Charles J. Starr, Mcrchant.
WiDlara Allen, Merchant.
Geo. W. Cuvier, Banker, Palmyra, N. Y.
Geo. T. Hope, President Continental Fire ms
John G. Sherwood, Park Place.
Walton H. Peckham, corner Fifth Avenue
Edward H. Wright, Newark, N. J.
Geo. W. Farlee, Counsellor.
W. L. Cogswell, Merchant.
KEIM & ISSERTEL,
General Agents for South Carolina and Georgia,
Office No. 40 Broad street,
Charleston, S. C.
Dr. T. REENSTJERNA, Examining Physician.
VHotrjing ono jrarmsninri yjoaus.
rjtO THE CITIZENS OF CHARLESTON.
WIIiL? .4.2VI8 ?fe
AT No. 297 KI>G STREET,
Have in store a large st jck of FINE CLOTHING,
all of their own manufr.cture. They are oflering
all Wool Cheviot Suite at $12 worth $20. Coats
and Sacks at $10, worth $15 to $29. Pantaloons .
$3 to $8. Tests $1, $2 and $3. Shirts $2. TJn
der-Shlrts and Drawers at $1 each. Hosiery,
Gloves, Ties, Collars, Ac, Ac, all at extremely
low prices. Their old customers, afld all who w.sh
good goods, are Invited to examine their stoc ( at ?
No. 297 KING STREET.
STORK FORMERLY OCCUPIED BY M'DUFF COHEN.
H~A RLE ST ON HOTE fe,
CHARLESTON, SOUTH CAROLINA.
This fust-class HOTEL, situated in a pleasant
location, and in the business portion ol th? city,
renders it thc most desirable Hotel for either per?
manent or transient guests. The accommoda?
tions are unsurpassed, having extensive saltes of
elegantly furnished apartments for families and
single gentlemen. The proprietor will endeavor
to maintain the high reputation enjoyed by the
"Charleston" as a first-class house, and no effort
will be spared to deserve a continuance of the
liberal patronage heretofore bestowed uponit.
The best of Livery accommodations will be
found adjoining the establishment.
The house is supplied with the celebrated Arte?
sian Water, of which delightful baths can bc had
either day or night. E. H. JACKSON,
COLUMBIA, SOUTH CAROLINA,
The Proprietors talje pleasure in announcing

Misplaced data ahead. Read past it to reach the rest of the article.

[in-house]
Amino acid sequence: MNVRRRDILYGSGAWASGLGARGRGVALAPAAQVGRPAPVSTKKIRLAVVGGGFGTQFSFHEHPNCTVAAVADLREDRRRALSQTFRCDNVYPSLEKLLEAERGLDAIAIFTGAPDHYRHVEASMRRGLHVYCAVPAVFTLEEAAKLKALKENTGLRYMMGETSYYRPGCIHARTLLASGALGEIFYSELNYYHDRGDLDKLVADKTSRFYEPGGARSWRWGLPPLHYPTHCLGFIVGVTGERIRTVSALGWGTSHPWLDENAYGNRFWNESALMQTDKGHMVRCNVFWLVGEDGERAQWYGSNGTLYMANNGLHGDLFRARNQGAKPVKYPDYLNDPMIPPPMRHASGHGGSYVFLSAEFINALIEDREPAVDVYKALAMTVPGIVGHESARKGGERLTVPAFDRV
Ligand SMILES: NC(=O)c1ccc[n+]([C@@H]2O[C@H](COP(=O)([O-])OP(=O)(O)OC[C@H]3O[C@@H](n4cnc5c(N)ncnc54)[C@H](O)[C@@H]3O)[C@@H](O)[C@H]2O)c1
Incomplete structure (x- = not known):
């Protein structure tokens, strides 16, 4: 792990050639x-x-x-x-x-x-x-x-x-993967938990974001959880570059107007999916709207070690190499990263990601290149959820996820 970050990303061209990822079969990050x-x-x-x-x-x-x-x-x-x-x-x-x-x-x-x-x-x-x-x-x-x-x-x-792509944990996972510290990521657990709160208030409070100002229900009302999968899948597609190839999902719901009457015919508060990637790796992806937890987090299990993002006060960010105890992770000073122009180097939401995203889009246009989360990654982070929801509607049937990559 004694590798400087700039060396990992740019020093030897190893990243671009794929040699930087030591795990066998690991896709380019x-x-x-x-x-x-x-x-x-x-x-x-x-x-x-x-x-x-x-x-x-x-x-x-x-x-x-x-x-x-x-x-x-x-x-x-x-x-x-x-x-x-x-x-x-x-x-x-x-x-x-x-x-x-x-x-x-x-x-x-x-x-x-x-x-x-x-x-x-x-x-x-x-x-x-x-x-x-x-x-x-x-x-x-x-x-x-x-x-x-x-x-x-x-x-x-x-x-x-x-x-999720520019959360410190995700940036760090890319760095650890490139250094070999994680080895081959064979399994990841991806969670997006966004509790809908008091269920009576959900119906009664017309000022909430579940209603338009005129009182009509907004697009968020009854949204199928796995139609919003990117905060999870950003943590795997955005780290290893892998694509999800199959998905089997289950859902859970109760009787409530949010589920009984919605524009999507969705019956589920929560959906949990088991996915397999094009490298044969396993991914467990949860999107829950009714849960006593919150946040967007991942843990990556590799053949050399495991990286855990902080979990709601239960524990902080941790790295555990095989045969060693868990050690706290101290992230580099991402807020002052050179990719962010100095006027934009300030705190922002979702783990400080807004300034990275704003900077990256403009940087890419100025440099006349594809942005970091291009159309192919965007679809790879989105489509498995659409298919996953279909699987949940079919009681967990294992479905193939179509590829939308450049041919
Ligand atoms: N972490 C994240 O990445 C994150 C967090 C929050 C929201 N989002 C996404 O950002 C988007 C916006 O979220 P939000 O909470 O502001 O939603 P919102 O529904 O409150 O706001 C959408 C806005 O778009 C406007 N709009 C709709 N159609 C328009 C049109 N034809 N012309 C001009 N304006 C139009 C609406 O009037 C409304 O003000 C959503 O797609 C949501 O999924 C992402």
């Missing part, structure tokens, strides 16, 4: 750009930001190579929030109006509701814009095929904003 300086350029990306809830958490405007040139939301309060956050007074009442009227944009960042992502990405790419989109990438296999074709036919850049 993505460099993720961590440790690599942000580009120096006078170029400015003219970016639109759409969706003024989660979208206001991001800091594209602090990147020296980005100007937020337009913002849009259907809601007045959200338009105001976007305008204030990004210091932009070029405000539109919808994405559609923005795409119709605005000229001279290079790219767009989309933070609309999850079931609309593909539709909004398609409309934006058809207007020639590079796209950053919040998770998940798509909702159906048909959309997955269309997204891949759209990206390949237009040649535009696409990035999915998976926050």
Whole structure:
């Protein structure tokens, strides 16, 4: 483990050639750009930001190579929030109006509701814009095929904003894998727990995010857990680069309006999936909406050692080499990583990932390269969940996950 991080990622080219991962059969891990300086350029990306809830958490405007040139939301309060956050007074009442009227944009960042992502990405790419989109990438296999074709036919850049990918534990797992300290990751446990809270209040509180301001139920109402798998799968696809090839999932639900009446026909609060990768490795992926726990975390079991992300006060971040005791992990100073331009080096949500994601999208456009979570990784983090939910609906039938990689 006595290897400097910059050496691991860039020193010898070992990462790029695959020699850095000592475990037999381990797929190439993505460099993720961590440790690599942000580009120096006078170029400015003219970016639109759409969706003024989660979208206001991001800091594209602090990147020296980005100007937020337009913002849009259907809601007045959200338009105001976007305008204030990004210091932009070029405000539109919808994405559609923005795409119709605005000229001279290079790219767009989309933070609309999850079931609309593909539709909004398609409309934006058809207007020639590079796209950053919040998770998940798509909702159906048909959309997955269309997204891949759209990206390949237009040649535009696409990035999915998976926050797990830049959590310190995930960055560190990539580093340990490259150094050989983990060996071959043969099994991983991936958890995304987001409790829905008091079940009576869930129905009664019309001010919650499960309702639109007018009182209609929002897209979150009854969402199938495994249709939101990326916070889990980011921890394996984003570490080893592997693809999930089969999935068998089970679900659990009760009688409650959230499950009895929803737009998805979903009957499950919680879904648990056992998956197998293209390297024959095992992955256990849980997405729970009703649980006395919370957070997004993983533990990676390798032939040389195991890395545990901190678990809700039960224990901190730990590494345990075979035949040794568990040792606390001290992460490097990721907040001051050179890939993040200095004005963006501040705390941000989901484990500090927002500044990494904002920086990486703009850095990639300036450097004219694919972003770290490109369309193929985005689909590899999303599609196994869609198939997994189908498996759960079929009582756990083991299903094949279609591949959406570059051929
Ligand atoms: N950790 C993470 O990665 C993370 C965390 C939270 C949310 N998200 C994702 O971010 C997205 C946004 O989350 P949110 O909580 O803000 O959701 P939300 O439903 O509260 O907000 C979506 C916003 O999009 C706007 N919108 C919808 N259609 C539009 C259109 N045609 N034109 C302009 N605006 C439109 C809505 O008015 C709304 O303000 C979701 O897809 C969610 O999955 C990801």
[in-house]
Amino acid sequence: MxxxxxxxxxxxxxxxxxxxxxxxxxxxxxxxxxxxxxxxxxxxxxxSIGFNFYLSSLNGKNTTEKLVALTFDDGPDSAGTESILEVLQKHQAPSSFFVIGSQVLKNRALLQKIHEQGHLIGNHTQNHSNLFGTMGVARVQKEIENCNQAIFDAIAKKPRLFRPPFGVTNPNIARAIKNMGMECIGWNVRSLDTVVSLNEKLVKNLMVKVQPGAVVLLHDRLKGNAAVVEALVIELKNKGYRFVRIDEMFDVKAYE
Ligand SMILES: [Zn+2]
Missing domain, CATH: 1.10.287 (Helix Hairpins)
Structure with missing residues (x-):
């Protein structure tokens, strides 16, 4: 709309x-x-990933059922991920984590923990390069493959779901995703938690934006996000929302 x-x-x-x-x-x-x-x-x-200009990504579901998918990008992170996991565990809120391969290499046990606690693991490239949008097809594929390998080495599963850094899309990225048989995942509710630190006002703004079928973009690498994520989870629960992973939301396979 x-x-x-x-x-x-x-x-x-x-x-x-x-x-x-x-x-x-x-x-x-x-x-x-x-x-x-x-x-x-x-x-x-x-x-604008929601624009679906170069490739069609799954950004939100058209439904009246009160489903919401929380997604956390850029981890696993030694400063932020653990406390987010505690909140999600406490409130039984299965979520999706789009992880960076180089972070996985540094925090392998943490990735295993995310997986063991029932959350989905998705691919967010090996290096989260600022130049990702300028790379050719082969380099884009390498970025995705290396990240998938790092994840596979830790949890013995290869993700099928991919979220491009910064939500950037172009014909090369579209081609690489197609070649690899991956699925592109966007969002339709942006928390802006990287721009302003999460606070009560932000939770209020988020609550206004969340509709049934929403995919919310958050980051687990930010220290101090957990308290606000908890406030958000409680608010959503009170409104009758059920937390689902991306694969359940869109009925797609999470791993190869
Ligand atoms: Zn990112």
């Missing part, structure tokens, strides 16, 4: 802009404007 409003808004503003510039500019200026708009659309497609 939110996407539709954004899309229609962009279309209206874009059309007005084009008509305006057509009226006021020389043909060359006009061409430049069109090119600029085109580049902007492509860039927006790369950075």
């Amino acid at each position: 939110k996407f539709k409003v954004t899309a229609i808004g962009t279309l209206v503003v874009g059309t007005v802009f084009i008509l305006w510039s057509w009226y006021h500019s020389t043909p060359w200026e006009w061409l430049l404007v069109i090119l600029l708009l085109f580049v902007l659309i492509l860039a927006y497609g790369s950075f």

this elegantly-furnished Establishment now open
for the accommodation of guests. The table will
always be supplied with every delicacy of the
season, both from the New York and Charleston
markets, and no efforts will be spared to give
perfect satisfaction in ?very respect to our pa?
FREE LUNCH in the Refectory every day from
ll until half-past 12.
Drags, (Erjeimcols, &c.
YER'S CATHARTIC PILLS
FOR ALL THE PURPOSES OF A LAXATIVE
Perhaps no one medi?
cine ls so universal** re?
quired by everybody as
a cathartic, nor was
ever any before so uni?
versally adopted into
usc, in every country
and among all classes,
as this mild but efficient
purgative PILL. The
obvious reason ls, that
lt ls a more reliable and
far more effectual rem?
edy than any other.
Those who have tried it, know that lt cured them:
those who have not, know that lt- cures their
neighbors and friends, and all know that what it
does once It does always-that lt never falls
through any fault or neglect of Its composition.
We have thousands upon thousands of the certifi?
cates of their rema:*sble cures of the following
complaints, but such cui?.s are known lo every
neighborhood, and we need not publish them.
Adapted to all ages and conditions In all climates;
containing neither calomel or any deleterious
drug, they may be taken with safety by anybody.
Their sugar coating preserves them ever fresh and
makes them pleasant to take, while being purely
vegetable no barm can arise from their use In any
They operate by their powerful influence on the
Internal viscera to purify the blood and stimulate
lt Into healthy action-remove the obstructions of
the stomach, bowels, liver, and other organs of
the body, restoring their Irregular action to health,
and by correcting, wherever they exist, such
derangements as are the first origin of disease.
Minute directions are given in the wrapper on